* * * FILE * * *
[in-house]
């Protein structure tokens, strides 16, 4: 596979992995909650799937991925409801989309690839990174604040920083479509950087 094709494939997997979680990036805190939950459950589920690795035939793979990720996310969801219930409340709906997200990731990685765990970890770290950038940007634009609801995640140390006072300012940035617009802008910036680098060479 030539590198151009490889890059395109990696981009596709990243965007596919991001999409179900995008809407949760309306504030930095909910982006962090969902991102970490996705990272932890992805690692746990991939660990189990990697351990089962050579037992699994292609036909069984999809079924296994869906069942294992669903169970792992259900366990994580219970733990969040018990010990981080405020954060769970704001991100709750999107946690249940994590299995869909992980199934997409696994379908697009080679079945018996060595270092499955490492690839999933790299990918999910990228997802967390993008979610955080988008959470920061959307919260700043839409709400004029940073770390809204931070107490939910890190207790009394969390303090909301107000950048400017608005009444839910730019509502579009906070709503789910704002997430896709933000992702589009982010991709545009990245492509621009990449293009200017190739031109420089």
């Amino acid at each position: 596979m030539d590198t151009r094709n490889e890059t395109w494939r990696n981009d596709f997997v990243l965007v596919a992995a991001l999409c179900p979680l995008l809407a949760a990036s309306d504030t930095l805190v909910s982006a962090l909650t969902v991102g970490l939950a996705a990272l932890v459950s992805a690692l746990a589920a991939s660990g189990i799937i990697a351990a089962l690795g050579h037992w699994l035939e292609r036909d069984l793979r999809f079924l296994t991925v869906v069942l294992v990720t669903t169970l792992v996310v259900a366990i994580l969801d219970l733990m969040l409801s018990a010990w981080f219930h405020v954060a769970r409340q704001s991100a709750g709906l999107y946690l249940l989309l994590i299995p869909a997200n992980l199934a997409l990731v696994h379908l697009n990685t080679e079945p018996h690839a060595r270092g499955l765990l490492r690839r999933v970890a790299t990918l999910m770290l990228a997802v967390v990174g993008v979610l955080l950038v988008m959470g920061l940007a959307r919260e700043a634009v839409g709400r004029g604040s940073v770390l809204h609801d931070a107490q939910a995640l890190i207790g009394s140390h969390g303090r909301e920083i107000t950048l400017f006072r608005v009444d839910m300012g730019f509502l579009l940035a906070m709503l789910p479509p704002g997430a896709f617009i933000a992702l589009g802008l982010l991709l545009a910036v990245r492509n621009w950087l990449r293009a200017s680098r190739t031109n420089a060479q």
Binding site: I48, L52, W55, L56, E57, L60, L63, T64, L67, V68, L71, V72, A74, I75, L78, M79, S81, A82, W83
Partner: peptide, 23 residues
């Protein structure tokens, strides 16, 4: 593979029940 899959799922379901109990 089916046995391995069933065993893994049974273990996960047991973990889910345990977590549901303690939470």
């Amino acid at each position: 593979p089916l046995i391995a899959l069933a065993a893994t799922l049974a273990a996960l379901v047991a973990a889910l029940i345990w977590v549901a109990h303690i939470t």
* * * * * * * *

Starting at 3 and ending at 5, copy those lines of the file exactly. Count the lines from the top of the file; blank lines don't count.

């Amino acid at each position: 596979m030539d590198t151009r094709n490889e890059t395109w494939r990696n981009d596709f997997v990243l965007v596919a992995a991001l999409c179900p979680l995008l809407a949760a990036s309306d504030t930095l805190v909910s982006a962090l909650t969902v991102g970490l939950a996705a990272l932890v459950s992805a690692l746990a589920a991939s660990g189990i799937i990697a351990a089962l690795g050579h037992w699994l035939e292609r036909d069984l793979r999809f079924l296994t991925v869906v069942l294992v990720t669903t169970l792992v996310v259900a366990i994580l969801d219970l733990m969040l409801s018990a010990w981080f219930h405020v954060a769970r409340q704001s991100a709750g709906l999107y946690l249940l989309l994590i299995p869909a997200n992980l199934a997409l990731v696994h379908l697009n990685t080679e079945p018996h690839a060595r270092g499955l765990l490492r690839r999933v970890a790299t990918l999910m770290l990228a997802v967390v990174g993008v979610l955080l950038v988008m959470g920061l940007a959307r919260e700043a634009v839409g709400r004029g604040s940073v770390l809204h609801d931070a107490q939910a995640l890190i207790g009394s140390h969390g303090r909301e920083i107000t950048l400017f006072r608005v009444d839910m300012g730019f509502l579009l940035a906070m709503l789910p479509p704002g997430a896709f617009i933000a992702l589009g802008l982010l991709l545009a910036v990245r492509n621009w950087l990449r293009a200017s680098r190739t031109n420089a060479q």
Binding site: I48, L52, W55, L56, E57, L60, L63, T64, L67, V68, L71, V72, A74, I75, L78, M79, S81, A82, W83
Partner: peptide, 23 residues